Silence. The credits begin to roll on the screen. A few seconds before, we witnessed how a tormented man was absorbed by the guilt caused by his daily actions, judged in the midst of a tremendous –and tremendous– attack of paranoia. Seconds ago we were part of an epic journey, and now we are alone with our thoughts. In the film Beau is scared, director Ari Aster does just that, confronting us with our worst nightmares, then leaving us in the darkness of the room with nothing but a light shining into our eyes. Without further ado, everything ends.
During the first seconds of that final space, the viewer might think that this is rudeness on the part of the filmmaker. How to leave the audience like this, without answers, without any consolation after what has just been seen? However, that overwhelming “nothing” is the film’s secret weapon. Silence allows us to think of all possible ways of ordering the events that have just been presented to us and, therefore, we are forced to remember and impatiently relive what we no longer wanted to know anything about. Because, yes, the trip tires us, but it is addictive to restart it over and over again in our memory.
The protagonist of this journey is Beau (Joaquin Phoenix/Armen Nahapetian), a person who, if it weren’t for his hypochondria, his hysteria and his inability to relate, would not stand out much in any environment. After going to his regular session with his therapist (Stephen McKinley Henderson), Beau returns home, gets some sleep, and the next day gets ready to visit his mom, Mona (Patti LuPone/Zoe Lister-Jones). , for his father’s death anniversary, but an awkward series of events, beginning with his keys being stolen, prevents him from making it on time.
Beau will take longer days than expected to arrive, because the journey began at home, but suddenly he finds himself with an extremely American and very unorthodox family who adopt him. He then is in the van of a drug-addicted teenager. Suddenly, he is surrounded by the cold forest and a totally crazed ex-soldier with PTSD is chasing him, shooting him left and right. We then see him as part of a traveling theater company whose play takes him through a rather twisted version of his existence, in a sequence rendered with pristine, colorful animation (great work by Cristobal León and Joaquín Cociña). The tour begins as a satire on the criminal and horror cinema of the 70s, to become, towards the middle, a very free and strange version of The Wizard of Oz (1939), if it was directed by David Lynch.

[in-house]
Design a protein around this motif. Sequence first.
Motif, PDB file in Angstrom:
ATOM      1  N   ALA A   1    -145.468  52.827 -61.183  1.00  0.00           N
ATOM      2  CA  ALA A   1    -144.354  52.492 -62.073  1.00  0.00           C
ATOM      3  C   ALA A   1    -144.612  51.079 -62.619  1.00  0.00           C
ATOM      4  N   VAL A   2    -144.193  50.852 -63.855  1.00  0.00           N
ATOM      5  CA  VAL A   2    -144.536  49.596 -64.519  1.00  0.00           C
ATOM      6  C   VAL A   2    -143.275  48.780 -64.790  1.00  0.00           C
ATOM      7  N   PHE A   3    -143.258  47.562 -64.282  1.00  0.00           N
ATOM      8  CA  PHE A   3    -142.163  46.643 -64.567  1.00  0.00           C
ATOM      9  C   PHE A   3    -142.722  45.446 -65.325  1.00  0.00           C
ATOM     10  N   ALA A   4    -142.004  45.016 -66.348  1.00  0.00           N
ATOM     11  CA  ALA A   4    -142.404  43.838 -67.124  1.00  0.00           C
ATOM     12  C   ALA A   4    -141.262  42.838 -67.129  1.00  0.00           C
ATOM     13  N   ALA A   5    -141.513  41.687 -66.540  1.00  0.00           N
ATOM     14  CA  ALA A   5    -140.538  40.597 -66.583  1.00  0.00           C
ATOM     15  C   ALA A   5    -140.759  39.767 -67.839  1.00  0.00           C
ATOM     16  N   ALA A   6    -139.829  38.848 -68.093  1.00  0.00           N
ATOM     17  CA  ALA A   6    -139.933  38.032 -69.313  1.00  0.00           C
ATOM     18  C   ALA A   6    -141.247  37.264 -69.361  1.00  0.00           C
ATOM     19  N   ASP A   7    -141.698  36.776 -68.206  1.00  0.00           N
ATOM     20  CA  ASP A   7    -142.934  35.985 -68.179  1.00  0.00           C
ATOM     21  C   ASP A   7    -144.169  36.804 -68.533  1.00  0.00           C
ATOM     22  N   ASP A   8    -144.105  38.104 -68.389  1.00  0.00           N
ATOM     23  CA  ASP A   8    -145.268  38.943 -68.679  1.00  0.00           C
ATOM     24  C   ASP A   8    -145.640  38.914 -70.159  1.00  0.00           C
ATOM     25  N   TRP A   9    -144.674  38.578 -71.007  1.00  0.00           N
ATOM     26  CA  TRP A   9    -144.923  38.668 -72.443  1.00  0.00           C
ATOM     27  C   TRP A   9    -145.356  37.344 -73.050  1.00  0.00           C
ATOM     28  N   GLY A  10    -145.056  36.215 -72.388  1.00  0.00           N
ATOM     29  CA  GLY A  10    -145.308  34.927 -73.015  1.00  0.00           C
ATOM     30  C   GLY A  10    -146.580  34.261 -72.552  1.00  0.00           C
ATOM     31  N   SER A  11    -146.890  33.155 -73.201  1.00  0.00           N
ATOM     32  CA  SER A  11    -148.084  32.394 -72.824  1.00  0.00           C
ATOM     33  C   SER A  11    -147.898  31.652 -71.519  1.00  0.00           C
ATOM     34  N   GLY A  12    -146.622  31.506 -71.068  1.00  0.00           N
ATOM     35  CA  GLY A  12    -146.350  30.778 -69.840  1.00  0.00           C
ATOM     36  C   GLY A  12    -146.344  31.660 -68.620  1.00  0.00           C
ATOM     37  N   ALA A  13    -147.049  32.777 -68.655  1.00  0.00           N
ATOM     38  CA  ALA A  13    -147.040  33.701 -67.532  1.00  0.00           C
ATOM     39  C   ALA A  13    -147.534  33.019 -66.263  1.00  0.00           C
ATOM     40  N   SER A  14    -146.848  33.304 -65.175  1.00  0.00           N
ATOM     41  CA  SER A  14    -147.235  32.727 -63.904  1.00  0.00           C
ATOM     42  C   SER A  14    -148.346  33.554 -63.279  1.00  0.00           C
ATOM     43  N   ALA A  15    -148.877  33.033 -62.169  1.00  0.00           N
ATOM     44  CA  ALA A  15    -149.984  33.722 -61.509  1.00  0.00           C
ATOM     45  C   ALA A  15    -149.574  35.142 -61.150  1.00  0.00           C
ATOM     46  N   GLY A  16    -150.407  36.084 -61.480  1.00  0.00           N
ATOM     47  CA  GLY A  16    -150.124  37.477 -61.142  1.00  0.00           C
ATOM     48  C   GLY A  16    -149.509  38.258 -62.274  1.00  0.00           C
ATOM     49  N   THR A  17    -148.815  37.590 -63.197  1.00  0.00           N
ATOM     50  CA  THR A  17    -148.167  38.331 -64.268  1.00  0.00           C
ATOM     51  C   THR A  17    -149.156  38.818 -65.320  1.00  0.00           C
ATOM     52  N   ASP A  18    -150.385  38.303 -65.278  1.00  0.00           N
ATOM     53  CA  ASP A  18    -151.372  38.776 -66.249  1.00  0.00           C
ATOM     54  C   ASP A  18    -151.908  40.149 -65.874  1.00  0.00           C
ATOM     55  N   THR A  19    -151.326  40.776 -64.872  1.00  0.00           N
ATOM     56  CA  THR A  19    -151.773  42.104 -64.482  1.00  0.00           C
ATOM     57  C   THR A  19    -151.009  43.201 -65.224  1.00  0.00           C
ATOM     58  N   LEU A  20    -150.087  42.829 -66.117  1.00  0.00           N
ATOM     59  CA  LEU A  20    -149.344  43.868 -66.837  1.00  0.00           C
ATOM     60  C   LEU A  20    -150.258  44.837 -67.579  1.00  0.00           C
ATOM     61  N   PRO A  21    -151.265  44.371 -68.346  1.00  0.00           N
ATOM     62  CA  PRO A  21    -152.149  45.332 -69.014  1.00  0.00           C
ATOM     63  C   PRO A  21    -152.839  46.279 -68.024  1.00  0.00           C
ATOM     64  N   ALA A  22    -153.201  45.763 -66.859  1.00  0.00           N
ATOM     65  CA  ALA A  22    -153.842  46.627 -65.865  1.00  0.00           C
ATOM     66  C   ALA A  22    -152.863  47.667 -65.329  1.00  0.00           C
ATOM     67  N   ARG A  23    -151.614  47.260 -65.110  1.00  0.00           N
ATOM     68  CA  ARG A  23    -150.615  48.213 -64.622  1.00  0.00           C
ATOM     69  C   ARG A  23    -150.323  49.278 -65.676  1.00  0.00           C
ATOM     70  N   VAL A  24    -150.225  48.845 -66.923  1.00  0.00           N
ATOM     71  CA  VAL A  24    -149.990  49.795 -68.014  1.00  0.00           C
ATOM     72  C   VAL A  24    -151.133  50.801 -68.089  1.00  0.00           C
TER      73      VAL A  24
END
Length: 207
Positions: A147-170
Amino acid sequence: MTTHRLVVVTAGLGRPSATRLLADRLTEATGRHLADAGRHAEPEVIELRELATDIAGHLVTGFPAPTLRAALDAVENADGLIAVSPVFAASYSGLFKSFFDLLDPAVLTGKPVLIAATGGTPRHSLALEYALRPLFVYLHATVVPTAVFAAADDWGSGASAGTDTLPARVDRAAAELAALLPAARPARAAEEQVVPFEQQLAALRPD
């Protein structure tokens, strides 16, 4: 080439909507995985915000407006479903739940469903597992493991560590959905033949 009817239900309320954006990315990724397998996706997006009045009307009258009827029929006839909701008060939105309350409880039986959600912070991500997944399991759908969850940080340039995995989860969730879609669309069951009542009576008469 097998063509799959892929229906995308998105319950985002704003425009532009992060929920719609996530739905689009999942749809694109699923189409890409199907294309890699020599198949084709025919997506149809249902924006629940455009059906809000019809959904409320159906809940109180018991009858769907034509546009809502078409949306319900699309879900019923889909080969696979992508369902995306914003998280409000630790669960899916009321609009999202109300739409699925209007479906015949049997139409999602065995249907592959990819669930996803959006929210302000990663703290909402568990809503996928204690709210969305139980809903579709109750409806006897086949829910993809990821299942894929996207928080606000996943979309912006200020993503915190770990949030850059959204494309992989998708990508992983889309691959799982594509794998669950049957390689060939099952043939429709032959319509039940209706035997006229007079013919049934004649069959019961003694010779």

Movie review Beau is scared
The arrival of the main character at all these points is interrupted by constant cuts to black that create long gaps in the narrative. In addition, from time to time there are flashbacks to the protagonist’s youth, where he meets the enigmatic Elaine (Parker Posey/Julia Antonelli).
Seeing these cuts and inserts, you can’t help but think that this is life. When you least expect it, you close your eyes and sometimes you wake up to realize that you don’t remember anything. What a waste of time And that is so heartbreaking, so disappointing, that you just have to continue. Perhaps Lucian Johnston’s editing and Pawel Pogorzelski’s rebellious and suffocating photography are the elements that give the film meaning at times when it is completely lacking. At times, there is more form than substance.
Added to this is the solid performance of Joaquin Phoenix. Indulging in hysteria and anxiety, he makes the proposal a veritable collection of feelings and emotions. From anger to sadness, through restlessness.
Beau is scared It is a film that challenges the belief that every narrative has to teach a lesson to those who go to the movies. Perhaps, sometimes, what we need is to ask ourselves questions. Aster knows it well. So, idiosyncratic as he is, he leaves us guessing and throws us against the monster in the attic. When we are in the middle of a battle, we realize that not everything that happens to us has to mean something.
It is true that the project does not explore family relationships as hereditary (2018), his debut feature film, and opts for a more surreal, sensory, raw and disturbing angle, which is very similar to that of his short munchausen (2013). Even with this, the experience is satisfactory. Of course: if someone accompanies them to see it, it is likely that they need to prepare a list of apologies to offer after 3 hours of abstract epic that dries up the body and mind.
Jose Roberto Landaverde Movie buff and music lover. I am fascinated by writing, listening, reading and commenting on everything related to the seventh art. I’m a fan of Rocky and Back to the Future and obviously one day I’ll climb the “Philly Steps” and drive a DeLorean. Faithful believer that cinema is the best teleportation machine, and also that on the big screen we can all see ourselves represented. I constantly, like Scott Pilgrim, ask myself: “Does bread make you fat?”